Solving long hospital wait times requires a fundamental shift in the way we care for the elderly Hospital overcrowding is not a new issue. Limited bed spaces have plagued Ontario hospitals for years and are increasingly straining our system. Not only are long wait times become a shameful expectation when patients arrive in the emergency […]
Canadians are living longer than ever, and we are also taking more medications than ever before. And this can make us sicker, not healthier. A report released last week by the Canadian Institute for Health Information found that one in four seniors in Canada are taking 10 or more medications. That’s a total of 1.6 […]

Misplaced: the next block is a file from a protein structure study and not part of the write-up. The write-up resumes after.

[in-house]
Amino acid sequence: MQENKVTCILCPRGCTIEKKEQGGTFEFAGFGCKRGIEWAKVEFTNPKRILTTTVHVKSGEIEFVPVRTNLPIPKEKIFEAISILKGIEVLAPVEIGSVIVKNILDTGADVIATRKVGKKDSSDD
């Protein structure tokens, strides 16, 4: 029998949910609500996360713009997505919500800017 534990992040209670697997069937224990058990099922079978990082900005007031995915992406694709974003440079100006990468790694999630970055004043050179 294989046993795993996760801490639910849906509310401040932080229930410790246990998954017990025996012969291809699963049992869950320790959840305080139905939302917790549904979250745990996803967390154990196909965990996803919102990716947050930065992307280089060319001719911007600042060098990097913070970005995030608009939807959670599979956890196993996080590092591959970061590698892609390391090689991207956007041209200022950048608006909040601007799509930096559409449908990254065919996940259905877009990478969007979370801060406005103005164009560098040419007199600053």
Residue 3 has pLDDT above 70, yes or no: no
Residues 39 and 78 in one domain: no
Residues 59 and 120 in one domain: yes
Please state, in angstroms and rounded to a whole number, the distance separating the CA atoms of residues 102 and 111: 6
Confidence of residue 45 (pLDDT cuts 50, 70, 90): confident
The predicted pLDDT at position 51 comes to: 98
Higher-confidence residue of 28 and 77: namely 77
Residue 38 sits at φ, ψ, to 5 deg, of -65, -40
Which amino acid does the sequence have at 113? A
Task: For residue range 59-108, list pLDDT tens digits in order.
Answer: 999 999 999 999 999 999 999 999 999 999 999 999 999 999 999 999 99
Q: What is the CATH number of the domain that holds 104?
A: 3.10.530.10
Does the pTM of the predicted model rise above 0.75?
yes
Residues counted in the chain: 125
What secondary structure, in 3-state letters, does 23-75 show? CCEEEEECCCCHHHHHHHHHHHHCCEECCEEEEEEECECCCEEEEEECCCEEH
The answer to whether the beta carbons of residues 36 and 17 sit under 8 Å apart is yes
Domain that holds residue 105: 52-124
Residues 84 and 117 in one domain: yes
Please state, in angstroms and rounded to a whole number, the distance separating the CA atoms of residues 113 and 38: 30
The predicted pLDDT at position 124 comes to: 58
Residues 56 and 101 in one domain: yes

Funding home care and long-term care is fast becoming the main challenge of our outdated medicare system — a system developed in the mid-twentieth century for a young population that mostly required acute care from hospitals and physicians.
We know that Canada’s population is aging. Among the many statistics that have been reported is how in 2015, the proportion of Canadian seniors surpassed that of youth under 15 for the first time. The gap will continue to widen over the next 20 years.
As the Canadian population continues to age, there is a need to revisit conventional thinking regarding the provision of health care services for seniors to ensure that the system is sustainable for all Canadians. There are a number of misperceptions in current thinking.
Will the cost of senior care in Canada one day break the bank? Probably not, contrary to common perceptions.
Most people hope to be able to age in their own home. But seniors and their families don’t always have that choice. Four health care policy experts, Dr. Ivy Bourgeault, Dr. Robyn Tamblyn, Dr. Neena Chappell and Dr. Michel Grignon, believe it is time to rethink the philosophy behind long term care in Canada.